Howard Lewis Johnson was born August 7, 1941 in Montgomery, Alabama. In the 1960s he worked with Charles Mingus, Hank Crawford, Rahsaan Roland Kirk, Archie Shepp, and Hank Mobley on the album A Slice of the Top.
He began a long association with Gil Evans in 1966, arranger of a horn section that backed Taj Mahal on Mahal’s 1971 live album, The Real Thing, which featured three other tubists/multi-instrumentalists, Bob Stewart, Joseph Daley and Earl McIntyre. Howard played with The Band on their Rock of Ages live album, The Last Waltz and into the late 2000s with The Band drummer, Levon Helm’s Band. During the 1970s, he was the band conductor of the Saturday Night Live Band; he can be seen in several musical numbers, including playing bass saxophone in the King Tut sketch.
He has also led three tuba bands, collaborated with Tomasz Stanko, Substructure, Tuba Libre and GRAVITY, perhaps his best-known band. In 1981 he performed at the Woodstock Jazz Festival, held in celebration of the tenth anniversary of the Creative Music Studio.
He had a minor role in the 1983 film, Eddie and the Cruisers as Wendell’s replacement and also appeared in episodes of Matlock and Hill Street Blues. Johnson famously accompanied James Taylor in a performance of Jelly Man Kelly on Sesame Street in 1983, and also on tin whistle when Taylor sings to Oscar The Grouch.
Tubist, baritone saxophonist, arranger, conductor and bandleader Howard Johnson, who also plays bass clarinet, trumpet and other reed instruments, continues to perform, record and tour.
Happy Caldwell was born Albert W. Caldwell on July 25, 1903 in Chicago, Illinois. He began on clarinet at age 16, playing in the Eighth Illinois Regimental Band and soon after in an Army band. He studied to be a pharmacist but eventually gave up his medicinal studies for jazz.
He worked with Bernie Young early in the 1920s in Chicago, where he recorded for the first time in 1923 and began doubling on tenor saxophone. In the middle of the 1920s he played with Mamie Smith’s Jazz Hounds, Bobby Brown’s Syncopaters, Elmer Snowden, Billy Fowler, Thomas Morris, Willie Gant, and Cliff Jackson. By 1929 he had recorded with Louis Armstrong.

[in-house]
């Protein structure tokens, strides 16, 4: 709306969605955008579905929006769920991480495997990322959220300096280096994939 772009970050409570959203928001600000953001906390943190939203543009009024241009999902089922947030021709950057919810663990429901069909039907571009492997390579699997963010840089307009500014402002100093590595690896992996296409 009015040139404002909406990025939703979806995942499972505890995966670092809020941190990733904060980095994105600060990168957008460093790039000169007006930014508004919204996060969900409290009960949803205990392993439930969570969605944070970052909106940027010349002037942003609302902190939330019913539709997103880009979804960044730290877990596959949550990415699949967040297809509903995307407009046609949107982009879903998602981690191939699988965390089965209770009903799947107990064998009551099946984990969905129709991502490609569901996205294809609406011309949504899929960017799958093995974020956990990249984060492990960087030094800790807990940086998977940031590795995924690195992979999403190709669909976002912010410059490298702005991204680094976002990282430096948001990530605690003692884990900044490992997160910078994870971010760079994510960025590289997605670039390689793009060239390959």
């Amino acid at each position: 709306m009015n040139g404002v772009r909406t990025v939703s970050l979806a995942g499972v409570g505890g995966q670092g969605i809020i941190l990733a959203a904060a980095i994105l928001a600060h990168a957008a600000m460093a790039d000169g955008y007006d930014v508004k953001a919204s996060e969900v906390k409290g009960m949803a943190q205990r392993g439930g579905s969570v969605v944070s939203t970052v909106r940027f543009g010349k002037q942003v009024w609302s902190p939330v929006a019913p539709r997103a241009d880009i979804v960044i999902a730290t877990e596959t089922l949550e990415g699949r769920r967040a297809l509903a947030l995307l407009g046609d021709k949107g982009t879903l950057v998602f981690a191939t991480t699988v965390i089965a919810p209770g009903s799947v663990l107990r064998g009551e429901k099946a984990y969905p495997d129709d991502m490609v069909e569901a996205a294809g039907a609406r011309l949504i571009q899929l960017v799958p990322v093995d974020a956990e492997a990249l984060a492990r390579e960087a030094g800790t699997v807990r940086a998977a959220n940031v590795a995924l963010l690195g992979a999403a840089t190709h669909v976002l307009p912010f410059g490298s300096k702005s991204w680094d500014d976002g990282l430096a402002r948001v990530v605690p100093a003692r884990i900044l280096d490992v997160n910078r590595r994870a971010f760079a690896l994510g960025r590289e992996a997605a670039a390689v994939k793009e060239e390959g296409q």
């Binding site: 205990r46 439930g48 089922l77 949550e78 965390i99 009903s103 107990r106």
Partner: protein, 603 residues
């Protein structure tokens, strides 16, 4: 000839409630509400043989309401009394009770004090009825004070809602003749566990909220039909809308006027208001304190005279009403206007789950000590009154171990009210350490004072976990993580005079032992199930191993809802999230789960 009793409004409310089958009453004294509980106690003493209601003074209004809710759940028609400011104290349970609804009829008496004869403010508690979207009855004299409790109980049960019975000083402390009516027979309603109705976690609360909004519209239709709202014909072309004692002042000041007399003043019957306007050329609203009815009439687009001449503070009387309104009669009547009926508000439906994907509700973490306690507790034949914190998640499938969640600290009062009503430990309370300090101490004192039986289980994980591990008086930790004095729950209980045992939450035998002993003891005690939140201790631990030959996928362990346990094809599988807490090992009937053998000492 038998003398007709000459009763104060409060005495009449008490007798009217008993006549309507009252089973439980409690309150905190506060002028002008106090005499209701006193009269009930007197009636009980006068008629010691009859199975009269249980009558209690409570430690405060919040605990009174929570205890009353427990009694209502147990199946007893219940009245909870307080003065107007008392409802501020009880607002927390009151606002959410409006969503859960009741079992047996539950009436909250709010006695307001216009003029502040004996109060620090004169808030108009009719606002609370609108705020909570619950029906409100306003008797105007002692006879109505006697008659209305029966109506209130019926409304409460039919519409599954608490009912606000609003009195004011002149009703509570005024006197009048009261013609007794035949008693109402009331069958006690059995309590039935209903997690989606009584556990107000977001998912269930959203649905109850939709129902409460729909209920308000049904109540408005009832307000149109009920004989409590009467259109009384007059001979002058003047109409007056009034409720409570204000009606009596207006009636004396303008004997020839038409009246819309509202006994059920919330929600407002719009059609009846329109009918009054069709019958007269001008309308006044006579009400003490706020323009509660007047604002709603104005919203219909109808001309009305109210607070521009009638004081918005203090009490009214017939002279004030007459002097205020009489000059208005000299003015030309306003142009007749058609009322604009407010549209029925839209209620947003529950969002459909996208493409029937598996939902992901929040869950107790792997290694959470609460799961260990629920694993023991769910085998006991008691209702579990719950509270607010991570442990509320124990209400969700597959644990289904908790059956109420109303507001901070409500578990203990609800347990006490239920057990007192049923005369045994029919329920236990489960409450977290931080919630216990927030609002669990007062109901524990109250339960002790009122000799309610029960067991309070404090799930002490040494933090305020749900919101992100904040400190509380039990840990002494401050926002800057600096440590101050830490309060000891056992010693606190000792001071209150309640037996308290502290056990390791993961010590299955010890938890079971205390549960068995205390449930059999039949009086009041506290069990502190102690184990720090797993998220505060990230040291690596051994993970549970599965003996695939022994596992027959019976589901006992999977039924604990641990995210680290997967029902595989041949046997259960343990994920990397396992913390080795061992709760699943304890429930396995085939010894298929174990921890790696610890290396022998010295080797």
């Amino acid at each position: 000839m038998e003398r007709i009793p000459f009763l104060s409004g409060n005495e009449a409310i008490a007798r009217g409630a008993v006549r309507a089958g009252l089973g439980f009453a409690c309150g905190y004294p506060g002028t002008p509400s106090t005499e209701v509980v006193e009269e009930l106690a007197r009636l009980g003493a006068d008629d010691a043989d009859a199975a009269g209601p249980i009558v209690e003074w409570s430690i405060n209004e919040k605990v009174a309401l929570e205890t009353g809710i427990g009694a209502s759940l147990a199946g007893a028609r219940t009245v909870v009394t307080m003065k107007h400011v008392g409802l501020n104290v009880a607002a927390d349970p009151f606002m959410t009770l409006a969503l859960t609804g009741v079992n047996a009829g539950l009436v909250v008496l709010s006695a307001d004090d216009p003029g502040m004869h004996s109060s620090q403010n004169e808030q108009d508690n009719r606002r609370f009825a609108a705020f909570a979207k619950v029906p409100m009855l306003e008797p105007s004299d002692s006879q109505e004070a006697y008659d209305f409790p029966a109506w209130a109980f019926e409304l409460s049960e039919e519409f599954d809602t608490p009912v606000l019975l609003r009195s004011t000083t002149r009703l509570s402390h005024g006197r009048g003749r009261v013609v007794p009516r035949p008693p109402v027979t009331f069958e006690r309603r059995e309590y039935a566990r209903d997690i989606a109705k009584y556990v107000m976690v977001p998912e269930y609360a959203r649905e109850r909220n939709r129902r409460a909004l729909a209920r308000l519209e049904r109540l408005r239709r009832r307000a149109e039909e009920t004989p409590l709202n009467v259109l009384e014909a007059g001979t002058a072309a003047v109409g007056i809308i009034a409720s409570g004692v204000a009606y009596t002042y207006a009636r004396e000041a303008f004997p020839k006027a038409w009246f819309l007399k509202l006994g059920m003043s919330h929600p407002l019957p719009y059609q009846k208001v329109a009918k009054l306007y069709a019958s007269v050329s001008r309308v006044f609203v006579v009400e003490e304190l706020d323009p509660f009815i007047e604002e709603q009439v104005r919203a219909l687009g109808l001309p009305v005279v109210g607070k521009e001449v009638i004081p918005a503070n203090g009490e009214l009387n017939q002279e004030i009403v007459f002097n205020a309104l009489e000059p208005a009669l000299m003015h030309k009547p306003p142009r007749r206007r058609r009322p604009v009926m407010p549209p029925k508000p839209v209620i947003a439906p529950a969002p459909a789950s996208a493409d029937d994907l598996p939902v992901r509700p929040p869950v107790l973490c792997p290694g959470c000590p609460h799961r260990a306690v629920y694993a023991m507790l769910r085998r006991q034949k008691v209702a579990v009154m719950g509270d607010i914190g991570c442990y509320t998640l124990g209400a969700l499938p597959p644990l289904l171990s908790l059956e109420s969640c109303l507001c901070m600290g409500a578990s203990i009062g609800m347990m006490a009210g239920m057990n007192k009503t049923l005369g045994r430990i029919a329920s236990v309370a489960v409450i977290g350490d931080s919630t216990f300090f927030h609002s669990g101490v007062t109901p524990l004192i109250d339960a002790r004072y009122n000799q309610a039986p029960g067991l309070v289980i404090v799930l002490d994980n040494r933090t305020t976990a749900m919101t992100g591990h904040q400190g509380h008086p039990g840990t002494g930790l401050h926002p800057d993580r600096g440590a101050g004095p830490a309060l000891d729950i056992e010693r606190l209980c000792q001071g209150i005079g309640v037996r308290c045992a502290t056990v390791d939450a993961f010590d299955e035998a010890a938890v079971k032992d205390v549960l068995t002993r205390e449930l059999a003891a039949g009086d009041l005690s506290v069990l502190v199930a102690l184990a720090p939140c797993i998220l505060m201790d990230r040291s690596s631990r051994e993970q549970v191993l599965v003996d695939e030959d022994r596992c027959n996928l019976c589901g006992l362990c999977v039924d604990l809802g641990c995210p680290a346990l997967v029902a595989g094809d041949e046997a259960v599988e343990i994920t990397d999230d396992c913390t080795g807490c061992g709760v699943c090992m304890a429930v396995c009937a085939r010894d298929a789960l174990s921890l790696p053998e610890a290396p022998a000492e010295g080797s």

The 1930s saw him playing with Vernon Andrade, Tiny Bradshaw, and Louis Metcalfe, and leading his own band, the Happy Pals. He played at Minton’s in New York City for a short time before moving to Philadelphia, where he played with Eugene Slappy and Charlie Gaines. Returning to New York he put together a new ensemble in the Forties and continued to work in small settings for several decades. In the 1970s he played with Jimmy Rushing, including on international tours. Never leading his own sessions, clarinetist and tenor saxophonist Happy Caldwell, sometimes misspelled as Cauldwell, passed away on December 29, 1978 in New York City at age 75.
Omer Victor Simeon was born on July 21, 1902 in New Orleans, Louisiana, the son of a cigar maker. His family moved to Chicago, Illinois but he learned to play the clarinet from the New Orleans master Lorenzo Tio, Jr., and started playing professionally in 1920.
He worked in Chicago and Milwaukee, Wisconsin with various bands, including Jimmy Bell’s Band and Charlie Elgar’s Creole Orchestra. Starting in 1926 he began playing with Jelly Roll Morton, and made a well regarded series of recordings with Morton’s Red Hot Peppers and smaller groups.
By 1927 he was a member of King Oliver’s Dixie Syncopators with whom he moved to New York City. After time back in Chicago with Elgar, he joined Luis Russell in Manhattan, New York then again returned to Chicago in 1928 to play with the Erskine Tate Orchestra. 1931 saw him beginning a 10-year stint with Earl Hines.
In the 1940s he worked with Coleman Hawkins and Jimmie Lunceford. After some recordings with Kid Ory’s band, he spent most of the 1950s with the Wilbur de Paris band, including a tour of Africa in 1957. In 1954 he played saxophone in a duet on Louis Armstrong’s popular dixieland recording of Skokiaan.